11 Kitchen Essentials You Should Pack With You Before Heading on That Camping Trip

published Jul 3, 2021
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A family of four is roasting marshmallows outside in their yard.
Credit: Getty Images | FatCamera

Camping offers unique opportunities, such as hearing nature’s sounds while drifting off to sleep and reconnecting with the outdoors. However, if there’s one thing that many people look forward to while roughing it, it’s cooking over an open (yet still properly contained) fire. Although it’s unfamiliar to some, you can learn to ease around a campfire like you would in the kitchen. It’s simple to become efficient in no time when armed with the right gear and a bit of knowledge.

Although some cooking supplies are tailored for on-the-go, you may be surprised at what you already have in your kitchen to take along. Whether you’re a seasoned pro or just starting, here are 12 kitchen essentials you need to take to your campsite. Bonus tip: planning your meals pre-trip will save time and help you curate a personalized kitchen packing list.

1. Camping Cookbook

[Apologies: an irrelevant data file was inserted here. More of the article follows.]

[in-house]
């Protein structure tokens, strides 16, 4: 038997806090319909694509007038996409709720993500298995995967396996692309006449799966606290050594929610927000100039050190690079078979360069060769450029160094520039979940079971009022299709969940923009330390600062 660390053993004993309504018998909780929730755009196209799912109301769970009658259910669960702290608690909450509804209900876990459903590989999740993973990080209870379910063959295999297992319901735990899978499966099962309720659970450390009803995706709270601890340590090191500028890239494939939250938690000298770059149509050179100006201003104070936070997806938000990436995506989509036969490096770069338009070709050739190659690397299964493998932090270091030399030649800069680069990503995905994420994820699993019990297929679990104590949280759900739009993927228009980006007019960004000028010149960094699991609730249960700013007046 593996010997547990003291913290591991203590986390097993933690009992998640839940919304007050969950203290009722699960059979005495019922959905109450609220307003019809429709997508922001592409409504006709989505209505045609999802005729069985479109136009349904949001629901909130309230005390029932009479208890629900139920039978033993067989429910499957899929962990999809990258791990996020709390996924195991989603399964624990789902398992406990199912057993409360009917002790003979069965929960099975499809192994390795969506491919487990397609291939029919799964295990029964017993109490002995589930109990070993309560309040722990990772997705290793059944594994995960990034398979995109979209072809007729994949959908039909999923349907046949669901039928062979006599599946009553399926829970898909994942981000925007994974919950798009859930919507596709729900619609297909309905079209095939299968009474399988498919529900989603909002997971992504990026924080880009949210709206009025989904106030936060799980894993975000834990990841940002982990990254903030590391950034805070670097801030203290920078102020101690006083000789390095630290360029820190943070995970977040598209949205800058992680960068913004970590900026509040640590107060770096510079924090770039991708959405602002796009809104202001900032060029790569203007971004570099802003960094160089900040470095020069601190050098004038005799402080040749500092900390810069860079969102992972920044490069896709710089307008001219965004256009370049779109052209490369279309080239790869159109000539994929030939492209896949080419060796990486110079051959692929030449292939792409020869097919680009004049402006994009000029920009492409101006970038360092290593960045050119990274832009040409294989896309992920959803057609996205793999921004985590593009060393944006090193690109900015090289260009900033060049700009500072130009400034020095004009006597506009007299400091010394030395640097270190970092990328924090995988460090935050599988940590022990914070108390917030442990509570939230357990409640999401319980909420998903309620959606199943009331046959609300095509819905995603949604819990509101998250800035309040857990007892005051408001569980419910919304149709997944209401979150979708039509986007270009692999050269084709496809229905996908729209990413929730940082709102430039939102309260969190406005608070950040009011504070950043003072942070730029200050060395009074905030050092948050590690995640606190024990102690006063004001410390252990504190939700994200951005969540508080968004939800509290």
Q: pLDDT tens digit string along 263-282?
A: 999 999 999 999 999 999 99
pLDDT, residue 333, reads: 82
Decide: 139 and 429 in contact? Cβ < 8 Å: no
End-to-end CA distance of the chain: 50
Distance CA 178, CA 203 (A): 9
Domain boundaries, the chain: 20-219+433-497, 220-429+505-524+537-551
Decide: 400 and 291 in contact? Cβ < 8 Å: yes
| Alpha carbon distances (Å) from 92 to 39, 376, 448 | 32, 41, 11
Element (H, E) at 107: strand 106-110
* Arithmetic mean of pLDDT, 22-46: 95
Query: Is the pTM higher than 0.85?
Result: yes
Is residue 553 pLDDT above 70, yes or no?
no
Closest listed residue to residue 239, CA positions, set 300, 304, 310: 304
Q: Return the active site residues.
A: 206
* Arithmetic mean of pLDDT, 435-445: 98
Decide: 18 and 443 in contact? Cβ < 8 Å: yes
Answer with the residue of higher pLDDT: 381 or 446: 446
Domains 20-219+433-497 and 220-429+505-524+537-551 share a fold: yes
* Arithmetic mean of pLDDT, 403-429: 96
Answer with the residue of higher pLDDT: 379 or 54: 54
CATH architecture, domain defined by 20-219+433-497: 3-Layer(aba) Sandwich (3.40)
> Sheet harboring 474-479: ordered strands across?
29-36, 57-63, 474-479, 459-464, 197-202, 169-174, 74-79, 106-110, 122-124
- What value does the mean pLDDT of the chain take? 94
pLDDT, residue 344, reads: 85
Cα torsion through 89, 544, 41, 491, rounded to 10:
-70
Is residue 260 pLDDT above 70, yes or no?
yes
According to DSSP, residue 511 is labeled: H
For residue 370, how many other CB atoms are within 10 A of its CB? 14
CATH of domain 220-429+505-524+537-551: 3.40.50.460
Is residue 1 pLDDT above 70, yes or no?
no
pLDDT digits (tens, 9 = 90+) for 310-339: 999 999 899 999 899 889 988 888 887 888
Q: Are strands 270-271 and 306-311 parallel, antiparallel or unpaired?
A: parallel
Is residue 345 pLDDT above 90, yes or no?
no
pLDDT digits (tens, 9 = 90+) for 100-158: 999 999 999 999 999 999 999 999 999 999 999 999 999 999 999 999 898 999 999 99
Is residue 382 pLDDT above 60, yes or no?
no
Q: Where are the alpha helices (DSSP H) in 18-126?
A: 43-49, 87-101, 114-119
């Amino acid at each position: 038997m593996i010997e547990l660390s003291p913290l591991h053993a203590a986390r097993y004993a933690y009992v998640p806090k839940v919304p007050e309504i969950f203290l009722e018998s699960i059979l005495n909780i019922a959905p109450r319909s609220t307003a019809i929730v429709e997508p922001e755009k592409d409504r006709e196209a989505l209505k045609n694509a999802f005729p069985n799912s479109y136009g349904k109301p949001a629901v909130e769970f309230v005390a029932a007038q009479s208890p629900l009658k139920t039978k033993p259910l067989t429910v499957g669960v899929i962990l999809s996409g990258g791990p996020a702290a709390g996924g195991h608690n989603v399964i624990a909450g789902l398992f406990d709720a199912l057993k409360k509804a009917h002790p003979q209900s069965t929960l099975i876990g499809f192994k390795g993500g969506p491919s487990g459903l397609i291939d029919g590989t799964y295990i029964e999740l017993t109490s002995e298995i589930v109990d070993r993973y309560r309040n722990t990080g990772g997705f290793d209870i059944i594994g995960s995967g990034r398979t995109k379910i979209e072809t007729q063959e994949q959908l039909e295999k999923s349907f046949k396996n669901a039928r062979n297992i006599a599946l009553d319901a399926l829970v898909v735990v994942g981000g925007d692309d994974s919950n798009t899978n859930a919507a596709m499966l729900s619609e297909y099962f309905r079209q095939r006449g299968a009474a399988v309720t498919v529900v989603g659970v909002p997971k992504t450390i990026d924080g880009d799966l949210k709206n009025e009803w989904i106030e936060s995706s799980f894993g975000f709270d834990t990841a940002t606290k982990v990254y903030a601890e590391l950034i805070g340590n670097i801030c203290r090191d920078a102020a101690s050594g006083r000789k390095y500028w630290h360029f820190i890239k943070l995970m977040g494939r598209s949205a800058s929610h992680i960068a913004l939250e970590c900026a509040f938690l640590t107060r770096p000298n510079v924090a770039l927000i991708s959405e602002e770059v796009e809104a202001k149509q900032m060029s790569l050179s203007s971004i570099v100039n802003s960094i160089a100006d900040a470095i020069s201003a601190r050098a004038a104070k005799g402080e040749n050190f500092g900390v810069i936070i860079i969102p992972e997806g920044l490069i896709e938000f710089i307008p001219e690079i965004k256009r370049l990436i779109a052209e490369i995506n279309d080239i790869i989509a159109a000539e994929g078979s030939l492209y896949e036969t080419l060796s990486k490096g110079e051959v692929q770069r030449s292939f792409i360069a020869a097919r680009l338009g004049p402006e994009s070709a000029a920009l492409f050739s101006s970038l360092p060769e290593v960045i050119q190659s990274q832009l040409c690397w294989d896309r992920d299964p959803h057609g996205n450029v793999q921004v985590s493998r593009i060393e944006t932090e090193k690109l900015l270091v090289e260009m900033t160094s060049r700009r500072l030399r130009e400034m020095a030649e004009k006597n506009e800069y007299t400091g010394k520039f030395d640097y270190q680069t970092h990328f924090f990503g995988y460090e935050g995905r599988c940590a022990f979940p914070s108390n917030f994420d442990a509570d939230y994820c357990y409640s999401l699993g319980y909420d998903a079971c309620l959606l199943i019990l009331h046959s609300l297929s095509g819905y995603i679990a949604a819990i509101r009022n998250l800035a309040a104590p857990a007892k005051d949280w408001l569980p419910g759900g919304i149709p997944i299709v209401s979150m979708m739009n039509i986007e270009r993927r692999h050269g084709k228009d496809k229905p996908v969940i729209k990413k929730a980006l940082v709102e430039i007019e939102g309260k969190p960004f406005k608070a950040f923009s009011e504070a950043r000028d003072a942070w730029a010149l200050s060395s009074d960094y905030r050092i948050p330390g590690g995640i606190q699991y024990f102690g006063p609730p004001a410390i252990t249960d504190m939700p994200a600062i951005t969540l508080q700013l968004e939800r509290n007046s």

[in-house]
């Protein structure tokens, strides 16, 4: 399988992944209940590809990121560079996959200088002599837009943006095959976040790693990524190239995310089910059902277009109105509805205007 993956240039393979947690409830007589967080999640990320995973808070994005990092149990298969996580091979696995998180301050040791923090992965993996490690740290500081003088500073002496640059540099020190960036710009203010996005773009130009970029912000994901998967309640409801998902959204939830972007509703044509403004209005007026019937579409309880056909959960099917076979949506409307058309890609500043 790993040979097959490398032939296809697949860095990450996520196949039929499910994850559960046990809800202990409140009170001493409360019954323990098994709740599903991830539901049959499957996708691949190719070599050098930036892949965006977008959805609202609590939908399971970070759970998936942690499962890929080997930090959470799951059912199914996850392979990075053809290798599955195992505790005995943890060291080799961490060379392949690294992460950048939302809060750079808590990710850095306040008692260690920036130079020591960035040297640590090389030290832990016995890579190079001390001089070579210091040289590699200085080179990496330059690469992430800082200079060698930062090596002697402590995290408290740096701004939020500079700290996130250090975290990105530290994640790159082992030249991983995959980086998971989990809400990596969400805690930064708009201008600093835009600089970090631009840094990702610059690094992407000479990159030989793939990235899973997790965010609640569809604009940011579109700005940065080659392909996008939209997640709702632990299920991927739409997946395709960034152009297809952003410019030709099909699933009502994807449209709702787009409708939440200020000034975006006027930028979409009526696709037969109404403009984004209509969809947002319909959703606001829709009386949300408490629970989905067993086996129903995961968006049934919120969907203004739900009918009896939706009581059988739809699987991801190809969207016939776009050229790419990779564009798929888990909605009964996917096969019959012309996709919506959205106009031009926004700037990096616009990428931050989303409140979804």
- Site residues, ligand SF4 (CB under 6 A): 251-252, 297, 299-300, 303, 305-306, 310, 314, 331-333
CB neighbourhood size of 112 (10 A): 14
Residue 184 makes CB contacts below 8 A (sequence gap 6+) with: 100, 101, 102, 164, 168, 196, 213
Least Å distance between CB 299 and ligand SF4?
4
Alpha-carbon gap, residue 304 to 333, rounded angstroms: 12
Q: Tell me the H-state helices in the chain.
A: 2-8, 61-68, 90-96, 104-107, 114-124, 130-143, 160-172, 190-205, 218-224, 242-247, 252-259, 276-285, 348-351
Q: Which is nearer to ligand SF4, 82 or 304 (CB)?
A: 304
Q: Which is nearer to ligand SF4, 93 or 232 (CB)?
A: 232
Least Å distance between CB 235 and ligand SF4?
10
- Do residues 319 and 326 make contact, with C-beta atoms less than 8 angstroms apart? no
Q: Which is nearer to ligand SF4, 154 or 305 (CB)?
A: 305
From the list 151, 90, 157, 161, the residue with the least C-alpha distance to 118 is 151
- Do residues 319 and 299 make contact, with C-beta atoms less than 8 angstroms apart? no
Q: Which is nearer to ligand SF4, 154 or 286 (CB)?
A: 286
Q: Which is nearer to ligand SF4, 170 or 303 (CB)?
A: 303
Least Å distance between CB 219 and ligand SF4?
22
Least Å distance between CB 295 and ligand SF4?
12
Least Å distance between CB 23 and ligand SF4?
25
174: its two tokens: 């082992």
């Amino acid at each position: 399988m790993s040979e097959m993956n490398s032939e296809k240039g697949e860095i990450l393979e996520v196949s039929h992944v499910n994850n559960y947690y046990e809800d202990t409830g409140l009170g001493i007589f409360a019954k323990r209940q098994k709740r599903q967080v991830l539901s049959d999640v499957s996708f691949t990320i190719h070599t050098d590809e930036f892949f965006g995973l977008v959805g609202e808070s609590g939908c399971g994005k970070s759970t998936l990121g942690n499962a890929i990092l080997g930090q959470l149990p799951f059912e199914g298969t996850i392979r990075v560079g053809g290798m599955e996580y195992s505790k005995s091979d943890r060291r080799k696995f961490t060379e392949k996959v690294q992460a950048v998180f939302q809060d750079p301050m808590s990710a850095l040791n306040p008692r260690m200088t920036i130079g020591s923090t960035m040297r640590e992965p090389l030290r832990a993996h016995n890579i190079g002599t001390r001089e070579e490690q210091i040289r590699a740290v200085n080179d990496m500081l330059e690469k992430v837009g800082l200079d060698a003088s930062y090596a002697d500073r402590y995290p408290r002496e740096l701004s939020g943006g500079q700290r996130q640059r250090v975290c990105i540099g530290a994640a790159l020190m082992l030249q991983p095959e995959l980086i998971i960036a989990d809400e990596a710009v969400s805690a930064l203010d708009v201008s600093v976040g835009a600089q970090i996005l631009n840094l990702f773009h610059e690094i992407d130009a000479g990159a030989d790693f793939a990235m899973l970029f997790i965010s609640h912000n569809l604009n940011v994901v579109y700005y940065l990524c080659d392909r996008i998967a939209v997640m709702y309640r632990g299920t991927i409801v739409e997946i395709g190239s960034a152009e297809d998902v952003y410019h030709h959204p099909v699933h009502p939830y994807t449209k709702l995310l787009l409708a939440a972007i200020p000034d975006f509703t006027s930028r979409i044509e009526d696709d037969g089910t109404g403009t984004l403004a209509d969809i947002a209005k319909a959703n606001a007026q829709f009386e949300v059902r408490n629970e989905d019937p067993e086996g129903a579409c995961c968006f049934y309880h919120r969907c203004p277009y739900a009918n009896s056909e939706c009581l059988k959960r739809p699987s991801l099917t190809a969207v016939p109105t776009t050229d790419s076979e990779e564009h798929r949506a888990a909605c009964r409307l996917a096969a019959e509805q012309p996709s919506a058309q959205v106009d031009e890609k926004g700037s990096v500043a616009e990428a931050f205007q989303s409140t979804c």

If you have no clue where to begin, start by purchasing a camping cookbook, or downloading a cooking app. Some websites, such as Fresh Off the Grid, specialize in outdoor recipes. Screenshot or download the instructions in case you don’t have cell reception when you go off the grid yourself. Browsing through tried and true recipes can spark ideas for your own outdoor eating experiences.

2. Lighter or Matches (and Fire Safety Supplies)

Once you arrive at your site, you will need a way to light your campfire. Therefore, you’ll have to secure fuel — most likely logs — and then start your fire. Although some may want to break out their skills from a past life as a scout, it’s best to take along a lighter or matches to do the trick quickly. Another campsite essential is a fire extinguisher or fire blanket to quickly put out wayward flames. Brush up on your fire safety skills before heading to camp, and keep the phone number of the local ranger, campsite manager, or fire marshal on hand if you have any questions.

3. Grilling Grate

Check and see if your campsite has a grate for cooking over an open flame. If not, grab your grate from your grill at home. Be sure to prop it up securely with bricks or stones while you are cooking. Another option is to buy an inexpensive grate specifically for open-fire cooking. If you are preparing steaks or fish directly on the grate, take a grill brush for easy cleanup afterward.

4. Pots and Pans

One campsite staple is a frying pan, which is ideal for making eggs and frying veggies. However, those who genuinely wish to test their outdoor cooking skills should take along a dutch oven. These heavy-duty pots with lids allow campers to cook casseroles and bake bread. Although dutch oven cooking isn’t for the faint of heart, purchasing a cookbook or scouring the web for recipes will have you prepping like a pro.

5. Pot Holders